The US Navy apparently has at hand several emergency tools to deal with deep-water crises,such as a nuclear submarine or something similar going down. They have several methods by which a very large heavy cement cover can be placed over the dangerous object. This might be applicable in this instance, but apparently BP declines such a solution. Capitalists that they are they don’t really want to lose their well and its profits. So rather than permanently blocking it they have tried now a sequence of failed “solutions,” ones which, had they functioned, would have allowed them to recoup the well. One month and a catastrophic amount of oil released into the Gulf and they are finally going to attempt a “top kill” which would block the well. In this case they are living out Marx’s maxim that if you give a capitalist a long enough rope they will hang themselves. BP, and with them, the entire oil industry, are now dangling at the end of a hang-man’s knot devised from their own greed.
And with them is perhaps the Obama administration, which in keeping with its behavior in bailing out Wall Street and the auto industry, in killing the single-payer option in its health-care reform, in maintaining Bush’s executive powers, and which has been all too accommodating to the word of British Petroleum in this past month – accepting totally false figures as to the scale of the oil flow, letting them take save-the-well measures that failed rather than demanding they immediately take whatever severe measures were needed to cap the well. As the rising swell of anger across the nation indicates, the Obama administration has been politically tone-deaf in all these cases, pussy-footing with the very powers which have produced the problems to begin with rather than coming down hard against them. Clearly those within the administration, from Geithner to Gates to Rahm Emanuel are corporate “centrists” which in any other country would place them firmly on the Right.
Already alienated from his “base” with his policies on Wall Street, Afghanistan, and the health-care reform, should Obama not take a hard stance with this latest corporate disaster, it will most likely be the last nail in his political coffin so far as the American liberal/left is concerned.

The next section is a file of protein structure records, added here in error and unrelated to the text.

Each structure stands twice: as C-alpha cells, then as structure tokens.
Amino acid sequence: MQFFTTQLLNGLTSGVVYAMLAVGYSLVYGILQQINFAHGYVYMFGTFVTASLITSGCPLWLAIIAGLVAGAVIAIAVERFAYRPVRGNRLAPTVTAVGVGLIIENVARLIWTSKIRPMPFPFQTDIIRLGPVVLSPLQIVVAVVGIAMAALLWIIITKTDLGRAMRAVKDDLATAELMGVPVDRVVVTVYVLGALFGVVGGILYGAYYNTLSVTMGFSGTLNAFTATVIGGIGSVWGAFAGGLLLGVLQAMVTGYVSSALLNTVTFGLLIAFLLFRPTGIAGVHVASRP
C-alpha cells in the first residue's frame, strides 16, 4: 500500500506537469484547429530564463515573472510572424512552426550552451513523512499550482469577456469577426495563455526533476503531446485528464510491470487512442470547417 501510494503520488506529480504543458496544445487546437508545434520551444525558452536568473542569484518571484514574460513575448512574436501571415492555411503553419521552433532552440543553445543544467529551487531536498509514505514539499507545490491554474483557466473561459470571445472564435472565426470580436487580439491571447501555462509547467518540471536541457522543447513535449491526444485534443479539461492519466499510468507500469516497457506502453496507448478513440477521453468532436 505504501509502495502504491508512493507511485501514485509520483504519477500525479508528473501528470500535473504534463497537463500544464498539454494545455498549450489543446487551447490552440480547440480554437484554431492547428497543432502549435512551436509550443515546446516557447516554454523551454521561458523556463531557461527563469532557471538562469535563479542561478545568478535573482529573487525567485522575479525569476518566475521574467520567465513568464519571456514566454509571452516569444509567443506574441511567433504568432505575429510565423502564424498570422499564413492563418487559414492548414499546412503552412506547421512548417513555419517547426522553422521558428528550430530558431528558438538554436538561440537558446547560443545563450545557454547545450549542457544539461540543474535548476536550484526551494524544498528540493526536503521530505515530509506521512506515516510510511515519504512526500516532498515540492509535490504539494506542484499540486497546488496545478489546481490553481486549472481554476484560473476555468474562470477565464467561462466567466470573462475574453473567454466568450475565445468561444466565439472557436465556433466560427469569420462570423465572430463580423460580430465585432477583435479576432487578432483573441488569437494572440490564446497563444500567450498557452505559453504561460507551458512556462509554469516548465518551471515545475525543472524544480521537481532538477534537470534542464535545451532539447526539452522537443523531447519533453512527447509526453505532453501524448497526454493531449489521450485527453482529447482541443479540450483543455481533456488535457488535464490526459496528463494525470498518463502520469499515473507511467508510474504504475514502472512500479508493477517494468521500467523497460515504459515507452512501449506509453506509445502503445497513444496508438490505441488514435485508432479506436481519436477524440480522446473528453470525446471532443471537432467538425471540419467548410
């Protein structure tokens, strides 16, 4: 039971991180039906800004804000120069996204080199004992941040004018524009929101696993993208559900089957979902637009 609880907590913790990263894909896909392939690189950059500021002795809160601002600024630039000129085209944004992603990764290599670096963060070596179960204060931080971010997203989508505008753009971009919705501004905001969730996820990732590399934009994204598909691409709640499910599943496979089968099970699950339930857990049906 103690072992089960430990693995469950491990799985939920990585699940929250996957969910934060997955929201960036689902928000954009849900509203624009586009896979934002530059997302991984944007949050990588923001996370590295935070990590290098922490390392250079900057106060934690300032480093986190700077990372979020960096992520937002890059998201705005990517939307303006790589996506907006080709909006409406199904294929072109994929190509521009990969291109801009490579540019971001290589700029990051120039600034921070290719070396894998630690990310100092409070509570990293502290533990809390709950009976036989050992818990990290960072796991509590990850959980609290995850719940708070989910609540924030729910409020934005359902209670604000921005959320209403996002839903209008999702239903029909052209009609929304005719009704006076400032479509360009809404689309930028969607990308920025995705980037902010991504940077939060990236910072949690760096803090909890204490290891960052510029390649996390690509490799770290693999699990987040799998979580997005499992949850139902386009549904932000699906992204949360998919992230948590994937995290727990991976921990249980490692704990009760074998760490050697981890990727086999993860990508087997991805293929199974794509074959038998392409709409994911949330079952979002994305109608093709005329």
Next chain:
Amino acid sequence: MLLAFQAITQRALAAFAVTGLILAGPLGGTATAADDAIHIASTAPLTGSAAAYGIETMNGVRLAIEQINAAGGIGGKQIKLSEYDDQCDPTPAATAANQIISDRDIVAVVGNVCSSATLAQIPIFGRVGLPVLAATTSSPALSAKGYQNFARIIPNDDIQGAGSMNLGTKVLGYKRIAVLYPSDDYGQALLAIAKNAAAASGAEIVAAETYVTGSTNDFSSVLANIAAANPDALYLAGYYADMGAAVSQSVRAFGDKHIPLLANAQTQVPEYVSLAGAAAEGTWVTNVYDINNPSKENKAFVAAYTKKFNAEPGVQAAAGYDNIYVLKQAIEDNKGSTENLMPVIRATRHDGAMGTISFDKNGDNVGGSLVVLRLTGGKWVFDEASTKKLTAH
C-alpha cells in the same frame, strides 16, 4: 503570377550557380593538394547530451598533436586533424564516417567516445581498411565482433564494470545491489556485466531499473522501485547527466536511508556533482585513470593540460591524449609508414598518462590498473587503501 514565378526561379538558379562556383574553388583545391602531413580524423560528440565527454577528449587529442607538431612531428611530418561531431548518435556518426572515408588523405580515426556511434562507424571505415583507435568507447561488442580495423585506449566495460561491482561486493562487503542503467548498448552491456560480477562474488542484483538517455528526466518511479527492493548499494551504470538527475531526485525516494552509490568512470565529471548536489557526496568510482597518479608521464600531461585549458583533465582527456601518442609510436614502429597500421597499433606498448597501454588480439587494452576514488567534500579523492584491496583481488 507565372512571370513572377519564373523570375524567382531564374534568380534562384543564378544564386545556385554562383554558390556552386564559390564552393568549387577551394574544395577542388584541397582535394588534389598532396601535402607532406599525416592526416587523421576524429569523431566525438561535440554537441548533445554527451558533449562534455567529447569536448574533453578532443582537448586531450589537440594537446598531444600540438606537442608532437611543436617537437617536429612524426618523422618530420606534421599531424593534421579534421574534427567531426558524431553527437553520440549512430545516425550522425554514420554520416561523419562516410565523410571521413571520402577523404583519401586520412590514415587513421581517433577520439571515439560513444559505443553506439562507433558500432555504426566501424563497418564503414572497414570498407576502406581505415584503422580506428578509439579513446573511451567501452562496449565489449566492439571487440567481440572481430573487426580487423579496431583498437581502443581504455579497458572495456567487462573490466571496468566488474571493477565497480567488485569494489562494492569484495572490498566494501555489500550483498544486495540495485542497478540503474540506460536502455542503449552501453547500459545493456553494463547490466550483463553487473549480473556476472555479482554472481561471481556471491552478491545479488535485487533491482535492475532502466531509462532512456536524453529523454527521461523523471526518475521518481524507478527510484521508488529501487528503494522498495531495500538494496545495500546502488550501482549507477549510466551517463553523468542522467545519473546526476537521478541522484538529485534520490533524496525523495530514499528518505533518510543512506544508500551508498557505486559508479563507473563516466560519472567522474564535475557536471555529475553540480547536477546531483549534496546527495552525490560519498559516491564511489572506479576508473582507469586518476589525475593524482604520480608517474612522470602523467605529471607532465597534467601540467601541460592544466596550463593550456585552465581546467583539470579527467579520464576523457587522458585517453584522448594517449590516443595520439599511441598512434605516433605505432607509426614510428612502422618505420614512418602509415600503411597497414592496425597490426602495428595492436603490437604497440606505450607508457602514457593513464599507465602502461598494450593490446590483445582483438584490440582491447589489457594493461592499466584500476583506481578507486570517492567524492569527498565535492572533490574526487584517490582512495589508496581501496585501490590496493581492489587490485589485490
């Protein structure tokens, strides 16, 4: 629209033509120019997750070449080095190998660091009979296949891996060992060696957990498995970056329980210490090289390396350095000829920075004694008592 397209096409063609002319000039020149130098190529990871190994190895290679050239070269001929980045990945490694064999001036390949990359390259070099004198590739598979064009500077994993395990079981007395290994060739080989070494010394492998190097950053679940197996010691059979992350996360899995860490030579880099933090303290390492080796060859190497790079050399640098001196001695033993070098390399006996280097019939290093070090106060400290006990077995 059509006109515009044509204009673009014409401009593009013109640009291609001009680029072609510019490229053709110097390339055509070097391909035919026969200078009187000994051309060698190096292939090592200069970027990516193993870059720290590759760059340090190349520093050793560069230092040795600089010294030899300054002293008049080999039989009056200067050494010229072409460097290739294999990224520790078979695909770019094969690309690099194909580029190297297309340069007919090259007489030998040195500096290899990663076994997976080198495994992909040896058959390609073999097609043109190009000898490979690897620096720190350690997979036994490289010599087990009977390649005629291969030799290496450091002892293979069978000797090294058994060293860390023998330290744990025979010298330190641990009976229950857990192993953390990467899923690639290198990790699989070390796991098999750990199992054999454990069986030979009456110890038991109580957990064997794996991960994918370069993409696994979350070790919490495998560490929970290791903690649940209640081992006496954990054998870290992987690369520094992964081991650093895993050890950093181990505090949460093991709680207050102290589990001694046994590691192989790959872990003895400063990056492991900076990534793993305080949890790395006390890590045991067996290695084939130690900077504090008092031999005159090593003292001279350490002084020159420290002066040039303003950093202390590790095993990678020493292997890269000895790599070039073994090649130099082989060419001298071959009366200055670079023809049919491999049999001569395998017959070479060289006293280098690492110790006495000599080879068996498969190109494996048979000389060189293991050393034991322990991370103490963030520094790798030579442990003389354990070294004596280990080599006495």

Corporate America’s behavior in the Deepwater Horizon blow-out has been, as in many other instances from Wall Street to Main Street, criminally negligent or utterly criminal in intent. Failure of the Federal Government to call them to account will signal the complete take-over of corporate criminality of the public commons of America. It is Obama’s let’s-not-look-back mantra of Rodney King’s Why-Can’t-We-All-Just-Get-Along song which is at fault: failure to bring to account those who broke the law, be it with the Patriot Act or with BP’s “economizing,” begets the situation in which the Nation now finds itself.
Getting up this morning, May 25 (Korea date) and scanning the NY Times “comments” to Krugman and Douthat, I see again I got censored. Here’s what I wrote that wasn’t evidently fit to print:
Well, Mr Obama better find his inner FDR and a lot more than that. His slo-mo response to the Gulf spill is not playing well to his supposed base (which among others included my vote), nor is the Afghan war, nor was the Bank bailout. He’s been licking the wrong boots. To use the newly popular word du jour, if he doesn’t make a fast PIVOT and make a few divots in the skulls of BP CEOs, Goldman Sachs honchos and all the rest, he can write himself off. The right may be angry. But increasingly so is the so-called Left here in America. And at Obama, whose Rodney King imitation has grown wearily tiresome. It may be his temperament to be calm and collected, but he better change that or he’ll be down for the count much too soon.
As a life-long radical (of a left persuasion) it is nice to see Mr Douthat admitting that purism of the Rand Paul kind can leave you out on a limb. I was never under any illusions in that regard, and running for political office never entered my mind. Basically Mr Douthat is saying that the likes of Mr Paul, or the Mad Hatters of the Tea-Party don’t bother to think things out. They want a big fence along the border but no police-state. Or they want a police-state for some, but not for them. Or they want a muscular military but no taxes. Etc. etc. I.e., they want inherent contradictions, which is what makes them so angry. The anger should though be directed where it belongs: at themselves for failing to do the most elementary bit of thinking and being honest. Medicaid is a governmental program. Really ! It’s damned “socialist” almost. Hurts, no?